1. The problem statement, all variables and given/known data This question is asking me to find the local max and min values of f using both the 1st and 2nd derivative tests. Then it asks me which method I prefer. f(x)= x+ sqrt(1-x) 2. Relevant equations I don't have a problem with finding the derivative of the function, I already did that. I just have problems with the concepts of the 2 tests; they were not explained very well in my class. 3. The attempt at a solution My understanding is that the 1st derivative test is the mean value theorum: where there exists a point c between point a and point b, and the derivative f ' (c) = f(b)-f(a)/ b-a. For this 1st derivative test I would find critical points and then plug them back into the original equation to get extrema. Then use the Increasing/decreasing sign test to figure out if those values are relative minimum or relative maximum. Please correct me if you have a better way of explaining the 1st derivative test. I thought the 2nd derivative test required me to get the second derivative (f '' ), then set f '' = 0 and solve for x to get critical numbers. Then plug the critical numbers back into the original equation ( f) to get the points of inflection. My problem is, it asks me which method I prefer. Which is confusing because I though that both of the tests gave you something different? The first test gives you relative maximum/minimum and the second test gives you the points of inflection. So is this trick question? You can't really prefer one because they give you different data. I also wouldn't mind if you explained it to me using the function I provided, or if you didn't, I just need some help here.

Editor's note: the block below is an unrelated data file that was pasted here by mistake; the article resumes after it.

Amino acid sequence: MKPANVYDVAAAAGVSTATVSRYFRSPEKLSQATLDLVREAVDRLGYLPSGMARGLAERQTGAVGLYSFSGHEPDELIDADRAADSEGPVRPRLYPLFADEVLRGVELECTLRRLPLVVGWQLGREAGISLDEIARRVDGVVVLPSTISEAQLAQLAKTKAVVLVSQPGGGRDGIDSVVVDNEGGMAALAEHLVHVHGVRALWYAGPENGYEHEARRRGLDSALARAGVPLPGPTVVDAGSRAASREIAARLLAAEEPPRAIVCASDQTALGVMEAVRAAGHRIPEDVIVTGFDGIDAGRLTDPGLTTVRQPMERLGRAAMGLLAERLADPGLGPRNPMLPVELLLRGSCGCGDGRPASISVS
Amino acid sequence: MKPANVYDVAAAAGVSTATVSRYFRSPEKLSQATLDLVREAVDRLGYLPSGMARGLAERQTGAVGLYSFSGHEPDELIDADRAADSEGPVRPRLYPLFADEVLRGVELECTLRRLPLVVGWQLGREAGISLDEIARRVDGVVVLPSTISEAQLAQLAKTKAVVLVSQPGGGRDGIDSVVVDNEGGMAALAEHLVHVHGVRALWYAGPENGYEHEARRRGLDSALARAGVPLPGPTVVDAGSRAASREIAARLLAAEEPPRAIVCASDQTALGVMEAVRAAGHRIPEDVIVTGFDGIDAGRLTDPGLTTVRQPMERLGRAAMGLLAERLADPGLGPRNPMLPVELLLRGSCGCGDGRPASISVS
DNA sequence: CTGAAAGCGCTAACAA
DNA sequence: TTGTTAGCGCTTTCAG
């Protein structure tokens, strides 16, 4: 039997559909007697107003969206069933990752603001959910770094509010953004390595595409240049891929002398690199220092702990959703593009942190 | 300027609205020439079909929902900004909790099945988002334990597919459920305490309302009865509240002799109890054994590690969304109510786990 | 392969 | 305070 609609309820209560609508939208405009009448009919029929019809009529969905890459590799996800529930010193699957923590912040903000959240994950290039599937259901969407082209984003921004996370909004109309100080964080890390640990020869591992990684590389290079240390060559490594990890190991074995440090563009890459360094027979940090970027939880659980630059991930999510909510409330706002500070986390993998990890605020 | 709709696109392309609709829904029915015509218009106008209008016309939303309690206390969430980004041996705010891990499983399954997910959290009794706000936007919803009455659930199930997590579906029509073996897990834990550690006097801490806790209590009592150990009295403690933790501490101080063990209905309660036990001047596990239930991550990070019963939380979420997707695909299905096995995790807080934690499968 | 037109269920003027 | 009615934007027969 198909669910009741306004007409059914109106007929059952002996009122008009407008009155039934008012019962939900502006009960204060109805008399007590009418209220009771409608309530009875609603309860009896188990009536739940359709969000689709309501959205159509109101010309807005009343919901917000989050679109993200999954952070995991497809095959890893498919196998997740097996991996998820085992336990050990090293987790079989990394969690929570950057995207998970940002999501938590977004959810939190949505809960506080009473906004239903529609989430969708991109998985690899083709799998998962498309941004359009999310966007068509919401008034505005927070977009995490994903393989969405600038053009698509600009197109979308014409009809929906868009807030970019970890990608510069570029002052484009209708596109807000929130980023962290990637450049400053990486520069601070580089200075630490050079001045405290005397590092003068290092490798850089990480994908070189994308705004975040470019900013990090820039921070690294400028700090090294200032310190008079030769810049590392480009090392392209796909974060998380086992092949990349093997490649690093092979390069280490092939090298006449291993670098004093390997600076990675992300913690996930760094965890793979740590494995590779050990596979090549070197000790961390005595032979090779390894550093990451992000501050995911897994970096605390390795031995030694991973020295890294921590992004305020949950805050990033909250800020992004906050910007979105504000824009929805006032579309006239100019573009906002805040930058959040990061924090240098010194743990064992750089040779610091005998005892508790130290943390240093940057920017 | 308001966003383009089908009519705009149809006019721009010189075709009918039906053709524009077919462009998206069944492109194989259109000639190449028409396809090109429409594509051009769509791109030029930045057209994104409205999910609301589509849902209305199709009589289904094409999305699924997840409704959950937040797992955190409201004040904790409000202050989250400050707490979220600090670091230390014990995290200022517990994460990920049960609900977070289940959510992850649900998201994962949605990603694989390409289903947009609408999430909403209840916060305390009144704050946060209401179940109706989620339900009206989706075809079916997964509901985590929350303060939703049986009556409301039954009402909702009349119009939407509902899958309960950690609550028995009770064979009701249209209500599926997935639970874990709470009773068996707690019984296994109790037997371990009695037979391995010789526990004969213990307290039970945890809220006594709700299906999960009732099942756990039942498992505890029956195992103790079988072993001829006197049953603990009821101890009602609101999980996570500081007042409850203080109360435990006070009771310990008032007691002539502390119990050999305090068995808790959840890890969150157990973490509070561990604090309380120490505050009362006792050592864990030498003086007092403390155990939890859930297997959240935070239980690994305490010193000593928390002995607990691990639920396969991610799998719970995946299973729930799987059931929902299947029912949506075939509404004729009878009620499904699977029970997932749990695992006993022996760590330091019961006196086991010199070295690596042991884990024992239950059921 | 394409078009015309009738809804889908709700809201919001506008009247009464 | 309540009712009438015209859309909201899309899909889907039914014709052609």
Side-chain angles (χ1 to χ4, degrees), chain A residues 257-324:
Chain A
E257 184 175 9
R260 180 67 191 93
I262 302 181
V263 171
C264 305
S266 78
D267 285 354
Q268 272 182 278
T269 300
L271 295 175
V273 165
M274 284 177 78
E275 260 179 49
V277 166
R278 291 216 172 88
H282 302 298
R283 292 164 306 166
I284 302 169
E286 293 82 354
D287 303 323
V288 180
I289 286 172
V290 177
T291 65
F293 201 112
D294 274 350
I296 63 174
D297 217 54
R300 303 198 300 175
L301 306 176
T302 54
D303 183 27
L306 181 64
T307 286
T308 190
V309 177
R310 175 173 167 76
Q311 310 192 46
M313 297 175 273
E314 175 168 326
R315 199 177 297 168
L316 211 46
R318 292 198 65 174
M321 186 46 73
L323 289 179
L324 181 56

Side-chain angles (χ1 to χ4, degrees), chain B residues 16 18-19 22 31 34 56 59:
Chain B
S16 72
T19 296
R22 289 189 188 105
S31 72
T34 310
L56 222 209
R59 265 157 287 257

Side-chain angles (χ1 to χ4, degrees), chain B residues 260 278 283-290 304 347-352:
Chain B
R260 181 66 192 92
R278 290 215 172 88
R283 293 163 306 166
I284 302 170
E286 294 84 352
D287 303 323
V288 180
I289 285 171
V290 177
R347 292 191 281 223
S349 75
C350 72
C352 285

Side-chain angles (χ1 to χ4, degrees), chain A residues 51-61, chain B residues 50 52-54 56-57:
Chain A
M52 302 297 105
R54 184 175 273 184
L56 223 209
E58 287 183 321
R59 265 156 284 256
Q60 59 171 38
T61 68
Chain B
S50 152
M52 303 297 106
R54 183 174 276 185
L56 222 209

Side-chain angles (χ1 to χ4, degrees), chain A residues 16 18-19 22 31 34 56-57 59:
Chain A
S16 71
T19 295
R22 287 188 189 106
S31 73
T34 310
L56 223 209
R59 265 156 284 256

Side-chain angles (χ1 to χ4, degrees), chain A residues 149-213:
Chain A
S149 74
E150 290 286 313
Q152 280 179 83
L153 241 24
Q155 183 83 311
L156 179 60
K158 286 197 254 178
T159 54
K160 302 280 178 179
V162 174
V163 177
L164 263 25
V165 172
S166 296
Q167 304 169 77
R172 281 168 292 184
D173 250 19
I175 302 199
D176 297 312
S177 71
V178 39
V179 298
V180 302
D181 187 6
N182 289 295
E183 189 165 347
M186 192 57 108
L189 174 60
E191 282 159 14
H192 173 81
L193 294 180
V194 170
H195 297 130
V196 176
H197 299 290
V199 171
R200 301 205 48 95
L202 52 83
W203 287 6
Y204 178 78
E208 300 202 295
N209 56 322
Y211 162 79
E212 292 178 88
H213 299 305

I don't understand why the question asks you for a preferred method, since the first and second-derivative tests are for _different_ aspects of the problem. First of all: never mind the mean-value theorem (which you mis-wrote, anyway---you should have used brackets and written f'(c) = [f(b)-f(a)]/(b-a)); just remember the interpretation of the derivative f'(x) as the slope of the tangent line to the graph y = f(x). So, when f'(x0) = 0 the tangent line at x = x0 is horizontal, meaning that the graph is not sloping up and not sloping down at x = x0. That makes x0 a candidate for being a (local) max or min; however, it may also be an 'inflection point', which is neither a max nor a min. *Telling which is which is where the second-derivative tests come in*. Suppose f'(x0) = 0 and f''(x0) > 0. In words, what is that saying? Well, f''(x0) > 0 means the derivative f'(x) is increasing at x = x0, so it goes from negative to positive as x increases through x0. In other words, the graph of y = f(x) is sloping down for x a bit below x0 and is sloping up for x a bit above x0; can you see what the graph must look like near x = x0? Next suppose f'(x0) = 0 but f''(x0) < 0. Using an argument similar to the above, get a picture of what the graph y = f(x) looks like near x = x0. Finally, let f'(x0) = 0, and suppose also that f''(x0) = 0. What can you say now? I'll let you see why you really can't say _anything_: x0 can be a max or a min or neither, depending on other information about the function f(x). In other words, when you look for points where the second derivative vanishes you are looking for points where you have NO information about whether or not the function is a max or a min. I don't know why the questioner would ask you about those points. RGV